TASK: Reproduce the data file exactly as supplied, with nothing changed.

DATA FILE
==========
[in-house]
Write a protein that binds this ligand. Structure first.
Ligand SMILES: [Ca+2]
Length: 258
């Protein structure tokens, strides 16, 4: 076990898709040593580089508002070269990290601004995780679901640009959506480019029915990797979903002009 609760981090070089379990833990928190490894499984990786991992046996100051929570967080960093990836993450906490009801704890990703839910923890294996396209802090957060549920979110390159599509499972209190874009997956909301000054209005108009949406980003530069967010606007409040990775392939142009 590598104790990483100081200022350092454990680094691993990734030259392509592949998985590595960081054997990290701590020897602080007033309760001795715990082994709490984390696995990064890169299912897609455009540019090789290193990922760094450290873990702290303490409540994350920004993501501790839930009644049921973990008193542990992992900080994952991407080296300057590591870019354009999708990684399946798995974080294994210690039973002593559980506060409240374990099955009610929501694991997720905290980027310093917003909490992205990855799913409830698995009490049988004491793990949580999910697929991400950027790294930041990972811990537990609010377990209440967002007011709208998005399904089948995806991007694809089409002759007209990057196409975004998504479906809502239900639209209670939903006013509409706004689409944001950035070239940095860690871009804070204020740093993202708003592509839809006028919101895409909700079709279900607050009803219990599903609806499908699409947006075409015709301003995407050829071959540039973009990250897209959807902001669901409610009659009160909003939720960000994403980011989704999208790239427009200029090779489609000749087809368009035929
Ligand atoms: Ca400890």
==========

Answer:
[in-house]
Write a protein that binds this ligand. Structure first.
Ligand SMILES: [Ca+2]
Length: 258
């Protein structure tokens, strides 16, 4: 076990898709040593580089508002070269990290601004995780679901640009959506480019029915990797979903002009 609760981090070089379990833990928190490894499984990786991992046996100051929570967080960093990836993450906490009801704890990703839910923890294996396209802090957060549920979110390159599509499972209190874009997956909301000054209005108009949406980003530069967010606007409040990775392939142009 590598104790990483100081200022350092454990680094691993990734030259392509592949998985590595960081054997990290701590020897602080007033309760001795715990082994709490984390696995990064890169299912897609455009540019090789290193990922760094450290873990702290303490409540994350920004993501501790839930009644049921973990008193542990992992900080994952991407080296300057590591870019354009999708990684399946798995974080294994210690039973002593559980506060409240374990099955009610929501694991997720905290980027310093917003909490992205990855799913409830698995009490049988004491793990949580999910697929991400950027790294930041990972811990537990609010377990209440967002007011709208998005399904089948995806991007694809089409002759007209990057196409975004998504479906809502239900639209209670939903006013509409706004689409944001950035070239940095860690871009804070204020740093993202708003592509839809006028919101895409909700079709279900607050009803219990599903609806499908699409947006075409015709301003995407050829071959540039973009990250897209959807902001669901409610009659009160909003939720960000994403980011989704999208790239427009200029090779489609000749087809368009035929
Ligand atoms: Ca400890």